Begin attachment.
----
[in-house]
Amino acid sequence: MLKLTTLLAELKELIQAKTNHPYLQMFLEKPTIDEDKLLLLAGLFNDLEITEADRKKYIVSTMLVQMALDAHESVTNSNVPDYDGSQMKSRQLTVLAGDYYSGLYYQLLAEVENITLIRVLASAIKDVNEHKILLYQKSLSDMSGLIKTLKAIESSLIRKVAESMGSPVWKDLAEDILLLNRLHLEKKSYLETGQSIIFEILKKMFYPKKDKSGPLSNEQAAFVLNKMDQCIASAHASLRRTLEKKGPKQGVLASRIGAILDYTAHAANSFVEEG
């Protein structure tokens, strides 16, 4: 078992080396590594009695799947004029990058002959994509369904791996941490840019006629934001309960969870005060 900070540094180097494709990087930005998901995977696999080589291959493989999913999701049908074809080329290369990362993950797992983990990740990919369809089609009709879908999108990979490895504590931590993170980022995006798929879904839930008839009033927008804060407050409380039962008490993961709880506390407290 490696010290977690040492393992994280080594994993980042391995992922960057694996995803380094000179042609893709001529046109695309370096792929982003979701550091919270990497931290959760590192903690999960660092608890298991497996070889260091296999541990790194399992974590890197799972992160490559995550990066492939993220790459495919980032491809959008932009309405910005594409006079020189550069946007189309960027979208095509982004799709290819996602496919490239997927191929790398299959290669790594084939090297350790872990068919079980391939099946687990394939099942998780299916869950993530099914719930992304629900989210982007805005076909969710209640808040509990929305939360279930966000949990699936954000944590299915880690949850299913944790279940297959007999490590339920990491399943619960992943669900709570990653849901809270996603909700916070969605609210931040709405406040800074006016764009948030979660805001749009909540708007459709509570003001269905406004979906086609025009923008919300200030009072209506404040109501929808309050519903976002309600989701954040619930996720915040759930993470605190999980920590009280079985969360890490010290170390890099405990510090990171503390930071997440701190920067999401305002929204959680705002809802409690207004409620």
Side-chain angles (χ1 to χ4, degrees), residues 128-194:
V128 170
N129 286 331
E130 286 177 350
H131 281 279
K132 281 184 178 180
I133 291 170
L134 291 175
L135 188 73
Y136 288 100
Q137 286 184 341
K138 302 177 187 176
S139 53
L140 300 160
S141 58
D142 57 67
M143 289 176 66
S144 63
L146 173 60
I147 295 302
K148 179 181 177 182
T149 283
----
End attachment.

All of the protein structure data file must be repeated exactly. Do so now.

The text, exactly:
[in-house]
Amino acid sequence: MLKLTTLLAELKELIQAKTNHPYLQMFLEKPTIDEDKLLLLAGLFNDLEITEADRKKYIVSTMLVQMALDAHESVTNSNVPDYDGSQMKSRQLTVLAGDYYSGLYYQLLAEVENITLIRVLASAIKDVNEHKILLYQKSLSDMSGLIKTLKAIESSLIRKVAESMGSPVWKDLAEDILLLNRLHLEKKSYLETGQSIIFEILKKMFYPKKDKSGPLSNEQAAFVLNKMDQCIASAHASLRRTLEKKGPKQGVLASRIGAILDYTAHAANSFVEEG
């Protein structure tokens, strides 16, 4: 078992080396590594009695799947004029990058002959994509369904791996941490840019006629934001309960969870005060 900070540094180097494709990087930005998901995977696999080589291959493989999913999701049908074809080329290369990362993950797992983990990740990919369809089609009709879908999108990979490895504590931590993170980022995006798929879904839930008839009033927008804060407050409380039962008490993961709880506390407290 490696010290977690040492393992994280080594994993980042391995992922960057694996995803380094000179042609893709001529046109695309370096792929982003979701550091919270990497931290959760590192903690999960660092608890298991497996070889260091296999541990790194399992974590890197799972992160490559995550990066492939993220790459495919980032491809959008932009309405910005594409006079020189550069946007189309960027979208095509982004799709290819996602496919490239997927191929790398299959290669790594084939090297350790872990068919079980391939099946687990394939099942998780299916869950993530099914719930992304629900989210982007805005076909969710209640808040509990929305939360279930966000949990699936954000944590299915880690949850299913944790279940297959007999490590339920990491399943619960992943669900709570990653849901809270996603909700916070969605609210931040709405406040800074006016764009948030979660805001749009909540708007459709509570003001269905406004979906086609025009923008919300200030009072209506404040109501929808309050519903976002309600989701954040619930996720915040759930993470605190999980920590009280079985969360890490010290170390890099405990510090990171503390930071997440701190920067999401305002929204959680705002809802409690207004409620």
Side-chain angles (χ1 to χ4, degrees), residues 128-194:
V128 170
N129 286 331
E130 286 177 350
H131 281 279
K132 281 184 178 180
I133 291 170
L134 291 175
L135 188 73
Y136 288 100
Q137 286 184 341
K138 302 177 187 176
S139 53
L140 300 160
S141 58
D142 57 67
M143 289 176 66
S144 63
L146 173 60
I147 295 302
K148 179 181 177 182
T149 283